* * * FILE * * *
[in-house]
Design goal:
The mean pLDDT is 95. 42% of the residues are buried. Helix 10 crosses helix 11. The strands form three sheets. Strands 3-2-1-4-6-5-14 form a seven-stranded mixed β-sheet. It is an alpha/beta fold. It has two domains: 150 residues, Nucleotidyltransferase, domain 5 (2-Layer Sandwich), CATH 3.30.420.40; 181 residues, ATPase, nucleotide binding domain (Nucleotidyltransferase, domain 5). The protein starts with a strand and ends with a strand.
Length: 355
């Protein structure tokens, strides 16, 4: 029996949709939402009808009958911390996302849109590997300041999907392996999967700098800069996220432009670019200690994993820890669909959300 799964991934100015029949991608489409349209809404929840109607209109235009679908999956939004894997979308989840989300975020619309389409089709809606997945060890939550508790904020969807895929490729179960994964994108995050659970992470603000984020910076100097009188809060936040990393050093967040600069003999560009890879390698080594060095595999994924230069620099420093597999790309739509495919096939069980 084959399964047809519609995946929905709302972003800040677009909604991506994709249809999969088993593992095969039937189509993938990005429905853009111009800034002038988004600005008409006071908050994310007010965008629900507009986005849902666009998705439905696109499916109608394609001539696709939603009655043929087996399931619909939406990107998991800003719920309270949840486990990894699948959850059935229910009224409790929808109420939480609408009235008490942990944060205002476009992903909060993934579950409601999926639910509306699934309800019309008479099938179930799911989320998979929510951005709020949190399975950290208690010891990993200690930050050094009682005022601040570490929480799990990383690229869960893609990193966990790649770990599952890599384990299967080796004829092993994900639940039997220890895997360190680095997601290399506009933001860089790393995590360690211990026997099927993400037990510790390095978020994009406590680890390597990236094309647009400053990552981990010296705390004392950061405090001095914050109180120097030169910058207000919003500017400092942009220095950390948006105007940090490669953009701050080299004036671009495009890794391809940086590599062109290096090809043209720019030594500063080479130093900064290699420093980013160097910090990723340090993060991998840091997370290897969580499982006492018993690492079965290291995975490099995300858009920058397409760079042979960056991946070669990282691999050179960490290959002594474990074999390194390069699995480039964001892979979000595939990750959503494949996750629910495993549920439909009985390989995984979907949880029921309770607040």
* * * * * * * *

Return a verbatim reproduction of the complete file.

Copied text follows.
[in-house]
Design goal:
The mean pLDDT is 95. 42% of the residues are buried. Helix 10 crosses helix 11. The strands form three sheets. Strands 3-2-1-4-6-5-14 form a seven-stranded mixed β-sheet. It is an alpha/beta fold. It has two domains: 150 residues, Nucleotidyltransferase, domain 5 (2-Layer Sandwich), CATH 3.30.420.40; 181 residues, ATPase, nucleotide binding domain (Nucleotidyltransferase, domain 5). The protein starts with a strand and ends with a strand.
Length: 355
């Protein structure tokens, strides 16, 4: 029996949709939402009808009958911390996302849109590997300041999907392996999967700098800069996220432009670019200690994993820890669909959300 799964991934100015029949991608489409349209809404929840109607209109235009679908999956939004894997979308989840989300975020619309389409089709809606997945060890939550508790904020969807895929490729179960994964994108995050659970992470603000984020910076100097009188809060936040990393050093967040600069003999560009890879390698080594060095595999994924230069620099420093597999790309739509495919096939069980 084959399964047809519609995946929905709302972003800040677009909604991506994709249809999969088993593992095969039937189509993938990005429905853009111009800034002038988004600005008409006071908050994310007010965008629900507009986005849902666009998705439905696109499916109608394609001539696709939603009655043929087996399931619909939406990107998991800003719920309270949840486990990894699948959850059935229910009224409790929808109420939480609408009235008490942990944060205002476009992903909060993934579950409601999926639910509306699934309800019309008479099938179930799911989320998979929510951005709020949190399975950290208690010891990993200690930050050094009682005022601040570490929480799990990383690229869960893609990193966990790649770990599952890599384990299967080796004829092993994900639940039997220890895997360190680095997601290399506009933001860089790393995590360690211990026997099927993400037990510790390095978020994009406590680890390597990236094309647009400053990552981990010296705390004392950061405090001095914050109180120097030169910058207000919003500017400092942009220095950390948006105007940090490669953009701050080299004036671009495009890794391809940086590599062109290096090809043209720019030594500063080479130093900064290699420093980013160097910090990723340090993060991998840091997370290897969580499982006492018993690492079965290291995975490099995300858009920058397409760079042979960056991946070669990282691999050179960490290959002594474990074999390194390069699995480039964001892979979000595939990750959503494949996750629910495993549920439909009985390989995984979907949880029921309770607040």